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Fredrin

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About Fredrin

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  • Birthday 05/11/1983

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  1. It was quite elaborate to be honest. For the inside, I taped up all the cut-out holes except one, poured in some glaze and gave the whole thing a rotation to try and ensure an even coating. After removing the tape and sponging off the glaze on the exterior, I then stuffed tissue roll inside the piece and sprayed it - the idea being to prevent any glaze from getting inside. For the black and white one, I just banded on black slip to both inner walls before closing the form.
  2. Yes, I really like those cloud designs. And like you say, there is freedom (from gravity!) in have the inner wall for support. When it came to the bevelling, were you just using a fettling knife at a 45 degree angle to the cut to take the corners off? I think I can imagine doing that on the outside, but the inside would be pretty fiddly.
  3. Thanks @Rae Reich - I will try and hunt down that slim knife you mentioned as it does sound much better at negotiating curves than what I use at present. I found this one on the Aardvark site; is it the same? Good to know that thinner blades in general will work better for the curves. I appreciate now that carving is quite a delicate operation, which shouldn't come as a surprise I suppose, but even cut-outs of quite large blocks seem to present quite a few challenges. Thanks for the tips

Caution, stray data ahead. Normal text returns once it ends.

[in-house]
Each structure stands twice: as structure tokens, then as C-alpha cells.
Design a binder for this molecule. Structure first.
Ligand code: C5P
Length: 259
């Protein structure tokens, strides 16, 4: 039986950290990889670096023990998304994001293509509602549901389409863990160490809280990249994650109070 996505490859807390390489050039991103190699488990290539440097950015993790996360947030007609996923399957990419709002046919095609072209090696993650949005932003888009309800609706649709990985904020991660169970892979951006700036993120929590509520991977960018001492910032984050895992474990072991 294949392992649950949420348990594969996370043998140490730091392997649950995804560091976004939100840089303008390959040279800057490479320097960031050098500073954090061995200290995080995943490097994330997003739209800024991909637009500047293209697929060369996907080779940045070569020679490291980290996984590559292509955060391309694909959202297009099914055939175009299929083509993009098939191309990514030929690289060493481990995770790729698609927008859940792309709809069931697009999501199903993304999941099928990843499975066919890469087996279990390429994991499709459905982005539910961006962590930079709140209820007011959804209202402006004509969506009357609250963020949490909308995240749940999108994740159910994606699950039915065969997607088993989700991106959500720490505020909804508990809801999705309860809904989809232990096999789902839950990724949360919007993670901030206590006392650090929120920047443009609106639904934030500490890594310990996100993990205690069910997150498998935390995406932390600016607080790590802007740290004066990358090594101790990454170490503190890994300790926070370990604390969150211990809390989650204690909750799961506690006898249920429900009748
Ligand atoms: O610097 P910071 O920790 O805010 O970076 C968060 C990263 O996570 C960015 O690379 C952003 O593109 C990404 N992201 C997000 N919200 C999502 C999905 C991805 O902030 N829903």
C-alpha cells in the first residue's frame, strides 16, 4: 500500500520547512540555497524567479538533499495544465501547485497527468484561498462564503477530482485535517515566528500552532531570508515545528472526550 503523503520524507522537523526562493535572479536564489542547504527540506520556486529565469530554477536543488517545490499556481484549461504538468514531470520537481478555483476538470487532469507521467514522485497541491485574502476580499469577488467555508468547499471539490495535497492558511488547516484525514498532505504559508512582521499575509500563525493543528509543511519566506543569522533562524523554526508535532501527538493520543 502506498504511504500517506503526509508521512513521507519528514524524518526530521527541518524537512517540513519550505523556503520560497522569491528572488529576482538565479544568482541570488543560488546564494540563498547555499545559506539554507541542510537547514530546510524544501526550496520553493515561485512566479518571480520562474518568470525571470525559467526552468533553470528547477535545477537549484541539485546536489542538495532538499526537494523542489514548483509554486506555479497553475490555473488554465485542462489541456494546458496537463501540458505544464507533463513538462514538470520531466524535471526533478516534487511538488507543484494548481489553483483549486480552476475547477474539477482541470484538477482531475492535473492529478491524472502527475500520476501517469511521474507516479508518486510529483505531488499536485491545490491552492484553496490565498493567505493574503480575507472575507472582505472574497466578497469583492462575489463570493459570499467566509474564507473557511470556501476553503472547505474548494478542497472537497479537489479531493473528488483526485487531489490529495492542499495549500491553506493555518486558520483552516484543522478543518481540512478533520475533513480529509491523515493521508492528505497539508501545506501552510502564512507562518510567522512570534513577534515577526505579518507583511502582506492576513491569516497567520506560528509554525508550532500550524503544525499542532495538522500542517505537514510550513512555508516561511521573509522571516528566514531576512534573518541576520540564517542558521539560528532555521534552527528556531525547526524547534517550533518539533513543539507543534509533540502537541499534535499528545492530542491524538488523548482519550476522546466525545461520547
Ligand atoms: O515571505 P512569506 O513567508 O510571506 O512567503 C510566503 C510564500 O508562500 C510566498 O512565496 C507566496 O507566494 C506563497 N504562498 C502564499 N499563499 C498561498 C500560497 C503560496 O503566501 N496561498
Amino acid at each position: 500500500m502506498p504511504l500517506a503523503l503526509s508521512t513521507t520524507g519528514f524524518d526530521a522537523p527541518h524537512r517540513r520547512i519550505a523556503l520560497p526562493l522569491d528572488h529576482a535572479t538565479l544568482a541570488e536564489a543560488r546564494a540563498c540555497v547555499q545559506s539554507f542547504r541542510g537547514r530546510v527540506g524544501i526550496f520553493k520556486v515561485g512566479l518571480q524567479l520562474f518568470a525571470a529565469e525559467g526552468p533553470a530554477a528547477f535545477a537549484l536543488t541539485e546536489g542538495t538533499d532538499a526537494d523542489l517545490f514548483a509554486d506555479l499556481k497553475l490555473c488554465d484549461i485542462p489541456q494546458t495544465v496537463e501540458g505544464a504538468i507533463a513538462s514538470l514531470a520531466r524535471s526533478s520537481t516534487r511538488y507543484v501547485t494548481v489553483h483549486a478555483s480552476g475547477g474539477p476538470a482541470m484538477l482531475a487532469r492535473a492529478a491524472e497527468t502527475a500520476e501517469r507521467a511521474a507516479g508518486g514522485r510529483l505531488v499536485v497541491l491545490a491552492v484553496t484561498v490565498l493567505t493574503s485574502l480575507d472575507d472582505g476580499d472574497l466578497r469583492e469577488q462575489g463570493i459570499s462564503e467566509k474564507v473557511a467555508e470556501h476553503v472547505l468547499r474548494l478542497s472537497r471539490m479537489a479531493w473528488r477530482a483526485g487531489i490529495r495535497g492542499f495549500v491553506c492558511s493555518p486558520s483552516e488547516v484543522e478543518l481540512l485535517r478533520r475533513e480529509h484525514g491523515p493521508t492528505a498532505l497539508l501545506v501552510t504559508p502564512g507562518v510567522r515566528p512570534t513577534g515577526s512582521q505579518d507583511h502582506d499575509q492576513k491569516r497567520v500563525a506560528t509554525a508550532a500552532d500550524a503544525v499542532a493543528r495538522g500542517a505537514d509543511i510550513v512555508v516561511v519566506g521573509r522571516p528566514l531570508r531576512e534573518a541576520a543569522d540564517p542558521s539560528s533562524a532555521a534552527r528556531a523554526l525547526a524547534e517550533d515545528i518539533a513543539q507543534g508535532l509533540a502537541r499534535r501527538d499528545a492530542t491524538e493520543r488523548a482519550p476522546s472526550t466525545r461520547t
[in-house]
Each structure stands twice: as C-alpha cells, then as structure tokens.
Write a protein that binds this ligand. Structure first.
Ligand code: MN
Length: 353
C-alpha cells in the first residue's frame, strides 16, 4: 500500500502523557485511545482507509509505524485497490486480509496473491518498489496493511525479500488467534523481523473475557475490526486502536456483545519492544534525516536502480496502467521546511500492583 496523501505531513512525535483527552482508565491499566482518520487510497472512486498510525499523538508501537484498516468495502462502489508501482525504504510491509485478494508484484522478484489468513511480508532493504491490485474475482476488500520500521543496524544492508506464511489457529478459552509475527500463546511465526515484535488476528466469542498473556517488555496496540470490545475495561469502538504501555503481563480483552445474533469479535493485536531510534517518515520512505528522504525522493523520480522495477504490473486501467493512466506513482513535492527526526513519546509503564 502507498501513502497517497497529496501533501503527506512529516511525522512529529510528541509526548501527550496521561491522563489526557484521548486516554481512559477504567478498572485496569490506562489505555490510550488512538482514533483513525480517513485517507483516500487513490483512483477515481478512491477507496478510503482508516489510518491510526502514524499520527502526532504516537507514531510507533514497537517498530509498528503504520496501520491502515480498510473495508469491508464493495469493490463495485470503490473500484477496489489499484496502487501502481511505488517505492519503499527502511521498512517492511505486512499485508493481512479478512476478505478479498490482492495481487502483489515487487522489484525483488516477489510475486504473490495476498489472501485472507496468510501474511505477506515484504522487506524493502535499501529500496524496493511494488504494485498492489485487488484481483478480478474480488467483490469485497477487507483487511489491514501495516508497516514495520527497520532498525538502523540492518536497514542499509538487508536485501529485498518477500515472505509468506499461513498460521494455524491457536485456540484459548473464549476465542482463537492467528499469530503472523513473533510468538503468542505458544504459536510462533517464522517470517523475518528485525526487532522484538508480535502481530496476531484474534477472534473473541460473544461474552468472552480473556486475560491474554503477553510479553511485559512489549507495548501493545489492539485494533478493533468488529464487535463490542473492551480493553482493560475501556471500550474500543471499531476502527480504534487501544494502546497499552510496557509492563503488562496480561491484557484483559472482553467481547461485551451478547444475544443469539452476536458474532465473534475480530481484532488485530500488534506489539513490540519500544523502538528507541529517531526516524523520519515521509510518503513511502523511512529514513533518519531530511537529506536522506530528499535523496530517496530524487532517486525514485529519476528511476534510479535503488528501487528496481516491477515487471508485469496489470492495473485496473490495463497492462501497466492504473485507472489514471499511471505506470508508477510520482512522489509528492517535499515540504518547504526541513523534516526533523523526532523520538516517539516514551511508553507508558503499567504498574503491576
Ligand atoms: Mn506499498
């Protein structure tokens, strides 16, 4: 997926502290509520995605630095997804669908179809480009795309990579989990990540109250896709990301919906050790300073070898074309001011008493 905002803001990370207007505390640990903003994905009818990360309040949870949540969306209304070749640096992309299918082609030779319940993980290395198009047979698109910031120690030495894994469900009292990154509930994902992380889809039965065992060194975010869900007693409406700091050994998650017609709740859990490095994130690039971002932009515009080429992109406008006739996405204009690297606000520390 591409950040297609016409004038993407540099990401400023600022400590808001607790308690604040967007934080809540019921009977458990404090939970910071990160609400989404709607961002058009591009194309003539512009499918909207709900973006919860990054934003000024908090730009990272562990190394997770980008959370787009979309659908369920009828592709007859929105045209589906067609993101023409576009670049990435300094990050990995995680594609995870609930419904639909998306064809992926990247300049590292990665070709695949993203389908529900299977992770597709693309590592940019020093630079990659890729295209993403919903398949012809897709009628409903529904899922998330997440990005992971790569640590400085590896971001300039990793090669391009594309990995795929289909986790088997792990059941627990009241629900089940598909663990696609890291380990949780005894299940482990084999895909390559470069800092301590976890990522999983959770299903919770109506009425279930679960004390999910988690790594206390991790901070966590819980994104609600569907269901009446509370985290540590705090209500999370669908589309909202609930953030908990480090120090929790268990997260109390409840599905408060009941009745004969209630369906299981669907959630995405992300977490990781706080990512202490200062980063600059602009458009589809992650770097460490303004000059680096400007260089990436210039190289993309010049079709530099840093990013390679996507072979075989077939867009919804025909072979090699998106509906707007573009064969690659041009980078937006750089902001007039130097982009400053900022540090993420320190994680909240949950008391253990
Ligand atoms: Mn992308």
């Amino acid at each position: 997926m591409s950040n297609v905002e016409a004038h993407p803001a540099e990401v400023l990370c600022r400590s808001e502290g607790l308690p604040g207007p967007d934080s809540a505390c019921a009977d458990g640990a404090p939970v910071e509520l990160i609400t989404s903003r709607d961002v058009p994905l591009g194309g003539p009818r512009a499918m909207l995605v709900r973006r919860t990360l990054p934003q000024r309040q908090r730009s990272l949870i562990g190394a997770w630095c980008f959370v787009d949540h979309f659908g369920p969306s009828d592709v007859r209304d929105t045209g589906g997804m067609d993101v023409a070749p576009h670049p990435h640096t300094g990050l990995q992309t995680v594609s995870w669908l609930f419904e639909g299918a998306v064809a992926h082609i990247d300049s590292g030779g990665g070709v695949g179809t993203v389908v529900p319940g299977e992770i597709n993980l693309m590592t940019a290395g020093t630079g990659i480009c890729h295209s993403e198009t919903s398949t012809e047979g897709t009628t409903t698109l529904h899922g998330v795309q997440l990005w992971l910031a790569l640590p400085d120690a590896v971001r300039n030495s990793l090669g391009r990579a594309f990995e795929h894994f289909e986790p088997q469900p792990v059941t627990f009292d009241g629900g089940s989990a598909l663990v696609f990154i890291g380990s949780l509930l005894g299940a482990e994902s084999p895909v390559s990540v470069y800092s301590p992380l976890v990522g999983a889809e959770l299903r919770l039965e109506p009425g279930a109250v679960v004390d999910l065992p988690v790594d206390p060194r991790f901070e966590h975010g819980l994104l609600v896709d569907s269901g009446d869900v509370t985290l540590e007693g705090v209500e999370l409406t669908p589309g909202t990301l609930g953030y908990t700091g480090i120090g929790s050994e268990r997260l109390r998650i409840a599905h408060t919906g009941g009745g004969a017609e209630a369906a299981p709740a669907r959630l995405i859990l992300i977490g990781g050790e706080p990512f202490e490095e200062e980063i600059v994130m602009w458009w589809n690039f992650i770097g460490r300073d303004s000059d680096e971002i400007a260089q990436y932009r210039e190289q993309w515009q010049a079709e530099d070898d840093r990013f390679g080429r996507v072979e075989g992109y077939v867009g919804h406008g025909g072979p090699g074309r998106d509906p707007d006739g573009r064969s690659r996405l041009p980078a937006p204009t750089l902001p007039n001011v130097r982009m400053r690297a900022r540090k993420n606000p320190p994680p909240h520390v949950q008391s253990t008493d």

4. @yappystudent - Great idea re the projector. I think I knew about this ages ago but completely forgot, but that will save a lot of time fiddling around with mapping designs out on software to print them off later. I will make sure to avoid cheapo ones! @oldlady - Thanks for the tips. Yes, I made life difficult for myself this time by having such thick walls. Part of the construction required lowering the outer wall section over the inner "column" as my throwing skills aren't good enough to get a hollow form that tall yet. I since had a thought that I could have trimmed this down a fair bit after joining the sections, by sitting it back on the wheel and taking a loop tool to the sides. Yes, Dremel drills and their various attachments are a thing over here in the UK. Another good idea - this forum is full of them! Would you suggest grinding through the clay when it's bone dry/leather hard? What kind of tool end would you suggest for this? That sounds like it would leave a much better finish than my current approach, which as you guessed requires a lot of time-consuming softening with a damp sponge! I would like to make double-walled forms with cut-outs a central theme of my sculptural work, so this is very helpful info. Here are a few others I made recently:
  5. Thanks! And yes, I'm already getting a few problems with this in the drying. I've sandwiched a bit of tissue paper between the offending upright piece and the inner wall to stop it from warping inwards, but I guess there's not much I can do while it's firing. Is this just something I have to live with if I have large unsupported sections of the design or are there ways around it? I guess the thickness of the walls isn't helping much.
  6. Exactly. I threw the central column as a kind of straight sided vases with a 1cm ridge of clay at the bottom so I could sit the outer wall on it. They were both just leather hard when I combined them and it was pretty nerve-wracking!